The Economic and Financial Crimes Commission (EFCC) opened its case in the trial of former Central Bank of Nigeria (CBN) governor, Godwin Emefiele, on charges of procurement fraud at the FCT High Court, Abuja, on Tuesday.
The EFCC charged Mr Emefiele with six counts of alleged breach of procurement procedure in the award of the contract to April 1616 Investment Limited.
The anti-graft agency had earlier in August filed 20 counts of procurement fraud against Mr Emefiele alongside an employee of the CBN, Sa’adatu Yaro, and her company, April 1616 Investment Limited. The charges involve corrupt purchase of some vehicles for the CBN.
But the charges were subsequently amended to make Mr Emefiele the sole defendant. It was pruned down from the original 20 counts to six counts, which now involve alleged fraudulent N1.6 billion worth of contracts.
Mr Emefiele pleaded not guilty to the charges.
Trial begins, first witness testifies
At the resumed trial on Tuesday, the EFCC called its first witness (PW 1), Shamsudeen Abulili, to open its case.
The witness, an officer of the Corporate Affairs Commission (CAC) gave evidence on how the company April 1616 Investment Limited was incorporated on 1 August 2016 with RC : 1350837 and tendered several documents on how the company was floated.
He read out the names of the shareholders of the company which comprised Aminu Idris Yaro, with 500,000 shares, Maryam Aliyu Abdullahi, 350,000 shares and Saadatu Yaro with 150,000 shares.
He said the company has 1 million shares at N1 each.
Led in evidence by EFCC prosecuting counsel, Rotimi Oyedepo, a Senior Advocate of Nigeria, the witness said that Mr Emefiele’s name was not in any way connected with the company.
The witness explained that although CAC was responsible for incorporation of the company, it has no roles in the day-to-day running of the affairs of the entity.
The second witness, Remigious Ugwu, a Compliance Officer with Zenith Bank, told the court how various sums of money in millions of naira were paid by the CBN into the April 1616 Investment Limited’s Zenith Bank account.
Specifically, he told the court how CBN paid N39,060,465 to the company on 19 October 2020; a sum of N421,953,488 paid to the company on 6 November 2020, and the N304,883,720 was paid on 23 November 2020.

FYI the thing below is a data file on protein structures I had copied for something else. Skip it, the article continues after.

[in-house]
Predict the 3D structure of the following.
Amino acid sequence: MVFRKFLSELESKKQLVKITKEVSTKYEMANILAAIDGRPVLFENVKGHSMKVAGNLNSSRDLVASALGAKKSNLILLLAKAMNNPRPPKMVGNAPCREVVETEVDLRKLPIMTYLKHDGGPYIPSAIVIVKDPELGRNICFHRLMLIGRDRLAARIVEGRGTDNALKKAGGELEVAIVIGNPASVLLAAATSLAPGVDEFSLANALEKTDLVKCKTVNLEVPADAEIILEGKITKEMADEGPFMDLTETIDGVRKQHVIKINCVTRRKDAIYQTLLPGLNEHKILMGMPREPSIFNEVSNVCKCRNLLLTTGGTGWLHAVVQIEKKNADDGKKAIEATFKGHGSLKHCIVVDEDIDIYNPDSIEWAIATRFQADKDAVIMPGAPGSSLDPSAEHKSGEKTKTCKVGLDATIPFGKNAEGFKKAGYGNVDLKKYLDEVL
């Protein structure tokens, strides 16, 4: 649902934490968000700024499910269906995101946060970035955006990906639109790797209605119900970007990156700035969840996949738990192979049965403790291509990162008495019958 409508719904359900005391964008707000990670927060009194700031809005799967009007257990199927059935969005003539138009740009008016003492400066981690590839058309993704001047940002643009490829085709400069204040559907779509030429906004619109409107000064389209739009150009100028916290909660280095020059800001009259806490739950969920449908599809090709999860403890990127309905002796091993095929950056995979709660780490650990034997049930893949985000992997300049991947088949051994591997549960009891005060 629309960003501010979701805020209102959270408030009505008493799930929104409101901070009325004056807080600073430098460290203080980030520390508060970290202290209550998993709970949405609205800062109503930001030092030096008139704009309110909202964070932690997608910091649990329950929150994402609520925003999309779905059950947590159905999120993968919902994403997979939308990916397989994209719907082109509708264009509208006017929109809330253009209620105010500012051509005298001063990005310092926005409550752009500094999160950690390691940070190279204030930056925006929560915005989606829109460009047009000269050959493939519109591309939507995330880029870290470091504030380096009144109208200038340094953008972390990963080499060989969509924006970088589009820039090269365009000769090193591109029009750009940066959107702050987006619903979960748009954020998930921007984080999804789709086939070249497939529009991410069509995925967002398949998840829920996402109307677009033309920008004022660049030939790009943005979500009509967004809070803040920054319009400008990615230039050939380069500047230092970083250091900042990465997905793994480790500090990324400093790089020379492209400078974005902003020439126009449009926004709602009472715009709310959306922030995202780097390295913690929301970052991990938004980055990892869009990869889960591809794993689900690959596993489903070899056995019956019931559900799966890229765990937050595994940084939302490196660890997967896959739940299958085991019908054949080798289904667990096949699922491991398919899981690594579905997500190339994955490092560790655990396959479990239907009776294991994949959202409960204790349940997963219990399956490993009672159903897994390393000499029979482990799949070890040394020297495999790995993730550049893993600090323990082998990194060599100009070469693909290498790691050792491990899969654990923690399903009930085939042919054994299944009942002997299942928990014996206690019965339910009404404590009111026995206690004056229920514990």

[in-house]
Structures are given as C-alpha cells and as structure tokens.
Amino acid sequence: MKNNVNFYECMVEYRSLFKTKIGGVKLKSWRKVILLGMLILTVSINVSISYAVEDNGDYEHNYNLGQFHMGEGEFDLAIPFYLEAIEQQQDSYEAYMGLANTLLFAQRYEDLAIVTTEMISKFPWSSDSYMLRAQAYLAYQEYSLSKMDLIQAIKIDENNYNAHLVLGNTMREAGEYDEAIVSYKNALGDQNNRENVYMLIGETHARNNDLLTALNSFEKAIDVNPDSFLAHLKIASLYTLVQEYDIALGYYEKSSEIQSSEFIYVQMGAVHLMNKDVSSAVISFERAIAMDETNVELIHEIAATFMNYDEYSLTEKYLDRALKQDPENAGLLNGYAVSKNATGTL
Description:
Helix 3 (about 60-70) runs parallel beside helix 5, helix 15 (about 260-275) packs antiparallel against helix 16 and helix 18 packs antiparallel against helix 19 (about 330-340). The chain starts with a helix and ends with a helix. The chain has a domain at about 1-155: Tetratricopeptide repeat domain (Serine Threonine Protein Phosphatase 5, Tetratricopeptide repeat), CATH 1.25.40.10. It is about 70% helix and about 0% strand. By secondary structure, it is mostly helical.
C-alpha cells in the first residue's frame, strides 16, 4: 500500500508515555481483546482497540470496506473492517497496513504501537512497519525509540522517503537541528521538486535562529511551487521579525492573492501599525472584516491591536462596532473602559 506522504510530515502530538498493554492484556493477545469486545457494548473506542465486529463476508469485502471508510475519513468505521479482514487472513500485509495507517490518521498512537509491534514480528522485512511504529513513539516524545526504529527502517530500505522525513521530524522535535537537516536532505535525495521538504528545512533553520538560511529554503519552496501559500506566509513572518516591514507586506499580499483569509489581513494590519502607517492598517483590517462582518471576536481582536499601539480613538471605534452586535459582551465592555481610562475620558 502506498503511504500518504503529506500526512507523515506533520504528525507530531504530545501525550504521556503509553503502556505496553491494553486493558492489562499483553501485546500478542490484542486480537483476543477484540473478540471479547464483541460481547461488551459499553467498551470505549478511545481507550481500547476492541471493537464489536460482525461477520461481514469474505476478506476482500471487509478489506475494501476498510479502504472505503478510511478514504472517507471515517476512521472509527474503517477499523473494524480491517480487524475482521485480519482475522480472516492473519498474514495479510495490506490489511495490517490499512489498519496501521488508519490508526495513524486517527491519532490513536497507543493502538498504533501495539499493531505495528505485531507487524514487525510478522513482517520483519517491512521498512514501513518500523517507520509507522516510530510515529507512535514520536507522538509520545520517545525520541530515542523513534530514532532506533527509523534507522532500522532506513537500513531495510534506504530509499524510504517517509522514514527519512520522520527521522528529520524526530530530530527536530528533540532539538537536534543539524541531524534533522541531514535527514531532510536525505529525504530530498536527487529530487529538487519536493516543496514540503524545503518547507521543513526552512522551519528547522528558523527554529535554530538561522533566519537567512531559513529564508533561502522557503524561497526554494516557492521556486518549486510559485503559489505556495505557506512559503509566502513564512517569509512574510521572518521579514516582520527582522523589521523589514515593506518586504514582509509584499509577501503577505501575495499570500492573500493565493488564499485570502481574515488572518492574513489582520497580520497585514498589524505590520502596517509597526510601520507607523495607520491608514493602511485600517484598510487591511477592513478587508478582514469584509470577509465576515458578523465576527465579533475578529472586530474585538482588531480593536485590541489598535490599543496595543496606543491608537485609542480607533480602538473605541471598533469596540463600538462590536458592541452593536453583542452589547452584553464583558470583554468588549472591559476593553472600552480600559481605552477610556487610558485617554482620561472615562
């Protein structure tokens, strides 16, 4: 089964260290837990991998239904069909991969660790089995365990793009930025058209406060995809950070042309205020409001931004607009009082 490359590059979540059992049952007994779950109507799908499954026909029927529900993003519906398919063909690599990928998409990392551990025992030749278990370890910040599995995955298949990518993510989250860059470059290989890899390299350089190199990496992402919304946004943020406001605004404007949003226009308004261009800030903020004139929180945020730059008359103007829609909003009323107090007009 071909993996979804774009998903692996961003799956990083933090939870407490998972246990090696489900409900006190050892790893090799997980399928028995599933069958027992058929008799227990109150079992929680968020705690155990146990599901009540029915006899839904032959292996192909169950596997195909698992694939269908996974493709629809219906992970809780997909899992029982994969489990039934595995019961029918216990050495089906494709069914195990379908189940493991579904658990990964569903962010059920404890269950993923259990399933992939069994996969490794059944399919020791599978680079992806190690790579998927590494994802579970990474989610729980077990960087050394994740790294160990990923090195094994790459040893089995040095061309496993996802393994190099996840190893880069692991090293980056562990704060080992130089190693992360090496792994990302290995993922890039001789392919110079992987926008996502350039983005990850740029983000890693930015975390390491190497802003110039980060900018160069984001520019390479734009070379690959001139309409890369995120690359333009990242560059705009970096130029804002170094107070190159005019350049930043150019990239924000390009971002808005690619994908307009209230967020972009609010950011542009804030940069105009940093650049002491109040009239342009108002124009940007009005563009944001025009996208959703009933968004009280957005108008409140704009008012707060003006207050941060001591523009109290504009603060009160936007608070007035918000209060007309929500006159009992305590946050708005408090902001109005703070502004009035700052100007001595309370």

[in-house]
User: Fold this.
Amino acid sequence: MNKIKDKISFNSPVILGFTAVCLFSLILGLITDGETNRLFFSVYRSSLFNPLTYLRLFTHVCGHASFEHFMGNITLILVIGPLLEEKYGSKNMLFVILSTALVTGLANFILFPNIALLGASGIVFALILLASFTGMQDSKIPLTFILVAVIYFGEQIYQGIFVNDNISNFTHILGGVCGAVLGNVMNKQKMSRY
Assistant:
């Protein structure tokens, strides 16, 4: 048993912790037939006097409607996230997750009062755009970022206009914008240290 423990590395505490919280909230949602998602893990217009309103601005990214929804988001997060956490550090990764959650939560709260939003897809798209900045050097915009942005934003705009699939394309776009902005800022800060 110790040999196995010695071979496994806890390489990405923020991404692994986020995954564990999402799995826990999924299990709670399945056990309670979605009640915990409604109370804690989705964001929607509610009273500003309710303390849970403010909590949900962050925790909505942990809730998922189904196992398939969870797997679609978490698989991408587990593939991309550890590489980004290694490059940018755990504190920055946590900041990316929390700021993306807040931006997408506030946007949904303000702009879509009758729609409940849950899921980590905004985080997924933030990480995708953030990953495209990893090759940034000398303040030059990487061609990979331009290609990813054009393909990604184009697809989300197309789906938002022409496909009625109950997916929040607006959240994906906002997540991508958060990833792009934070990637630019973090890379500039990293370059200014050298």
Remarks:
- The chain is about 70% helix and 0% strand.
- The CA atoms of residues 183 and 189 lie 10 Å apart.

Similarly, he said that N304,883,720 was paid to company on 1 January 2021 and another N304,883,720 paid the same company on March 23, 2021 by the CBN.
He admitted that none of the payments was linked to Mr Emefiele’s name. He also said he did not know the purpose of the payments.
The witness, who tendered various documents on behalf of the prosecution, said that the former CBN governor was not a signatory to the bank account of the company.
The third witness, Oluwole Owoeye, a Deputy Director, Banking Services with CBN and former Secretary to Major Contract Tendering Committee MCTC of the CBN, said his body was responsible for ensuring CNN’s compliance with Procurement Act in the award of contracts.
When cross-examined by Mr Emefiele ‘s counsel, Matthew Burkaa, a SAN, Mr Owoeye informed the court that his committee was not involved in the vetting of bidding for the award of contracts that led to prosecution of Mr Emefiele.
The witness explained that another committee handled the bidding because it was above the thresholds of his own committee
”My Lord, all I know, through our records, is that contracts for award of vehicle supplies were awarded to April 1616 but I cannot say whether the contracts were executed or paid for because my committee played no roles.”
He admitted that MCTC and Procurement Department were fully functional while Mr Emefiele held sway as CBN governor.
After listening to these testimonies, Justice Hamza Muazu adjourned until 18 January and 19 January 2024.
The former CBN governor was accused of conferring corrupt advantages on a staff member of CBN, Mrs Yaro through awards of vehicle supply contracts worth over N1.2 billion in violation of section 19 of the Corrupt Practices and other Related Offences Act 2000.
Support PREMIUM TIMES' journalism of integrity and credibility
Good journalism costs a lot of money. Yet only good journalism can ensure the possibility of a good society, an accountable democracy, and a transparent government.
For continued free access to the best investigative journalism in the country we ask you to consider making a modest support to this noble endeavour.
By contributing to PREMIUM TIMES, you are helping to sustain a journalism of relevance and ensuring it remains free and available to all.Donate
TEXT AD: Call Willie - +2348098788999